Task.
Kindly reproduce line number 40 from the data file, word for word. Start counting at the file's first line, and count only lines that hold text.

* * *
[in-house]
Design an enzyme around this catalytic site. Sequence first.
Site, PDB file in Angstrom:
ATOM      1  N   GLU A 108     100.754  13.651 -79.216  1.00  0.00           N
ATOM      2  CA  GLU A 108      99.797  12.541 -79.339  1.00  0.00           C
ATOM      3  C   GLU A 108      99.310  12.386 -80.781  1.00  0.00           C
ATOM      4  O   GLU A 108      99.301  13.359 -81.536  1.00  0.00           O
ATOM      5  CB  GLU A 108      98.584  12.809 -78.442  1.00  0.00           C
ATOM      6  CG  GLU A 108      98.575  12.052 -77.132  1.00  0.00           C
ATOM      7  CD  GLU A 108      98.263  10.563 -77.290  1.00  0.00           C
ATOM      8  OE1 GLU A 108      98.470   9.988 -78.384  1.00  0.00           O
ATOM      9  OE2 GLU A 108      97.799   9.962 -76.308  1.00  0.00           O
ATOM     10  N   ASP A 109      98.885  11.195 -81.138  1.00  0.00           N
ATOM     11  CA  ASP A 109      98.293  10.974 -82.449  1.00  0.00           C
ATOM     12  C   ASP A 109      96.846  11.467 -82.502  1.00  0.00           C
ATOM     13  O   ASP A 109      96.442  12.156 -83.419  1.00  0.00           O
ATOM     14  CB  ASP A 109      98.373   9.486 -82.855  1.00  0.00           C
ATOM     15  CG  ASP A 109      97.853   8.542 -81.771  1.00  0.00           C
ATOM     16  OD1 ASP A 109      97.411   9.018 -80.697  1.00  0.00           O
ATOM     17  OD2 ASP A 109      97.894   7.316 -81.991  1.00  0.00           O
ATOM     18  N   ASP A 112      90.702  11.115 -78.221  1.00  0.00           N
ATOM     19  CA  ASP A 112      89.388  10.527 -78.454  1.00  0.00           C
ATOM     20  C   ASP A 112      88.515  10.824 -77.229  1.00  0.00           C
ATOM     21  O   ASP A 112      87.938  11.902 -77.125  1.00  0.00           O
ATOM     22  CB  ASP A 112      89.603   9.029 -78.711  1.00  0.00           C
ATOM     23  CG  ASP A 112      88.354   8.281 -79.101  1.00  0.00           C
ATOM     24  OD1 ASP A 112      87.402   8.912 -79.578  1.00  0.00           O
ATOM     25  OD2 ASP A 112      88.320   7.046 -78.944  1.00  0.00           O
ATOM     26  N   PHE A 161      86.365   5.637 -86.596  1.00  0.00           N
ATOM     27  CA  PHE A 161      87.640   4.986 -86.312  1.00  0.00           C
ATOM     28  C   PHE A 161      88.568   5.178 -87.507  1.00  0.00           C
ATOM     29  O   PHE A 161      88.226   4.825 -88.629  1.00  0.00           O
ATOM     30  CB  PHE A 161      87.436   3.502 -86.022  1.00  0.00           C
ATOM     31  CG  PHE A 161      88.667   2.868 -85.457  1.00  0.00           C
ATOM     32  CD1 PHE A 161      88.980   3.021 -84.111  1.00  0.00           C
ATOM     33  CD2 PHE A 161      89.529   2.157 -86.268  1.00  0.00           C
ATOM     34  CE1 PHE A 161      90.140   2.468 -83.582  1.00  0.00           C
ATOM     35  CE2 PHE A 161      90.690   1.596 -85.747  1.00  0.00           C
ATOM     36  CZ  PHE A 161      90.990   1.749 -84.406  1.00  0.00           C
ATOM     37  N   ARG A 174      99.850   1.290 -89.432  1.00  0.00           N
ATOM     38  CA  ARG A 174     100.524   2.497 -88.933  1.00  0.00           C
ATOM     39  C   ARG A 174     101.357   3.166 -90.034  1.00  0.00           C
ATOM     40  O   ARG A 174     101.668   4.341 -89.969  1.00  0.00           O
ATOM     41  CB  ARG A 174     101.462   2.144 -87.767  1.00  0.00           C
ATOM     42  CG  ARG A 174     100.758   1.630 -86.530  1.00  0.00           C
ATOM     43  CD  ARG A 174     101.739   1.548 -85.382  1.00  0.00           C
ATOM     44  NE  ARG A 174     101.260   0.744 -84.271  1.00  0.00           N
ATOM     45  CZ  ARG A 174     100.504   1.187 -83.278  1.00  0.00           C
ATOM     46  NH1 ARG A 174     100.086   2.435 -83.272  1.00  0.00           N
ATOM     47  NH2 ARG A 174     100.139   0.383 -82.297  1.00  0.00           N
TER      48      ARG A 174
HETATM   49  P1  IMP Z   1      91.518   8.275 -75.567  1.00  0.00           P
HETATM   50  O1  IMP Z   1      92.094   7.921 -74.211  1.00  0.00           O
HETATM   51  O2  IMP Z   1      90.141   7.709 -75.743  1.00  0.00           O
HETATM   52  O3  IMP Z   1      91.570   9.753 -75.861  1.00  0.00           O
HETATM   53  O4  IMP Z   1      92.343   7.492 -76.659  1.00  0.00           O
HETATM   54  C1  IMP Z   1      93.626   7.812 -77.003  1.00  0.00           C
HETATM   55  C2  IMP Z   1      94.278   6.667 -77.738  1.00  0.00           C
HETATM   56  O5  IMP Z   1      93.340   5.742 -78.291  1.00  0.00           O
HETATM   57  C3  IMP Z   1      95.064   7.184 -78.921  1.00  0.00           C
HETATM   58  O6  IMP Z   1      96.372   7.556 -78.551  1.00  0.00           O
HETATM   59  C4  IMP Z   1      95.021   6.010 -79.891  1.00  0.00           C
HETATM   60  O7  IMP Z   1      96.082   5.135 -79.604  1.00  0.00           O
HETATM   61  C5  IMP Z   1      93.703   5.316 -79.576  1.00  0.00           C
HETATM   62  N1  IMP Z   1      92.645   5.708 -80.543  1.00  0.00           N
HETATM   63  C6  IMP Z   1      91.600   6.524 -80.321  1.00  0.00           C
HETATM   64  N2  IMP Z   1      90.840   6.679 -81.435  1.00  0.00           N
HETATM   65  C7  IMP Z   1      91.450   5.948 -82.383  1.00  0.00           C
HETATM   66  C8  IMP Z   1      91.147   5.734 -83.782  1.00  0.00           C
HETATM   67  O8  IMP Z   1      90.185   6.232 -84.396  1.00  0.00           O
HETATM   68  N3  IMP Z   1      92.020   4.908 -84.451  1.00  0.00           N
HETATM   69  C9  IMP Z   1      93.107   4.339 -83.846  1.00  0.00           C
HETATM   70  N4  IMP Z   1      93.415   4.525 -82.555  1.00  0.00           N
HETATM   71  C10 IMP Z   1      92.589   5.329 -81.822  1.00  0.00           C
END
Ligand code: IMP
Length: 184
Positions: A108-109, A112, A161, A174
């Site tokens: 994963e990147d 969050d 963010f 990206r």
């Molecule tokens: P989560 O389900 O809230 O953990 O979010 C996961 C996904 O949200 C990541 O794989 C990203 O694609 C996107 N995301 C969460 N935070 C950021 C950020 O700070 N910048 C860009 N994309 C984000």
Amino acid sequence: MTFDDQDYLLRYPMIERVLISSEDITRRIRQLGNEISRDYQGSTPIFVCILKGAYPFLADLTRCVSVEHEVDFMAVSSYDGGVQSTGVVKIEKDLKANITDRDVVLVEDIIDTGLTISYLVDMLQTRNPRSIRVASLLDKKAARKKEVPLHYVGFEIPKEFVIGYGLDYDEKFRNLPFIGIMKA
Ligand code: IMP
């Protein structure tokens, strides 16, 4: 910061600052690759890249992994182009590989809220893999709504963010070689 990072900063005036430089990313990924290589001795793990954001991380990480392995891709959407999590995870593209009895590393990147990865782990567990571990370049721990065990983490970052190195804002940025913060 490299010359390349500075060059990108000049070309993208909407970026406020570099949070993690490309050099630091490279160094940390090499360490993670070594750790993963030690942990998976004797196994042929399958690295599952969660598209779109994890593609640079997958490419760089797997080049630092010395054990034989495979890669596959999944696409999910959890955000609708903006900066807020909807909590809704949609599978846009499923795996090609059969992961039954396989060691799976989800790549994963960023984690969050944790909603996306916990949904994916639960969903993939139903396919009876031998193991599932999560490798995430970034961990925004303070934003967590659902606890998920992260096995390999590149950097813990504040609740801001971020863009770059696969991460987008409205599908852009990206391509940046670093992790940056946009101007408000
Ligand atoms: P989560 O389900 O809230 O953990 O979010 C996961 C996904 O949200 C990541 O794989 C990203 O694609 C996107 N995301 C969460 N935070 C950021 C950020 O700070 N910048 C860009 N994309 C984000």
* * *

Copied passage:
ATOM     37  N   ARG A 174      99.850   1.290 -89.432  1.00  0.00           N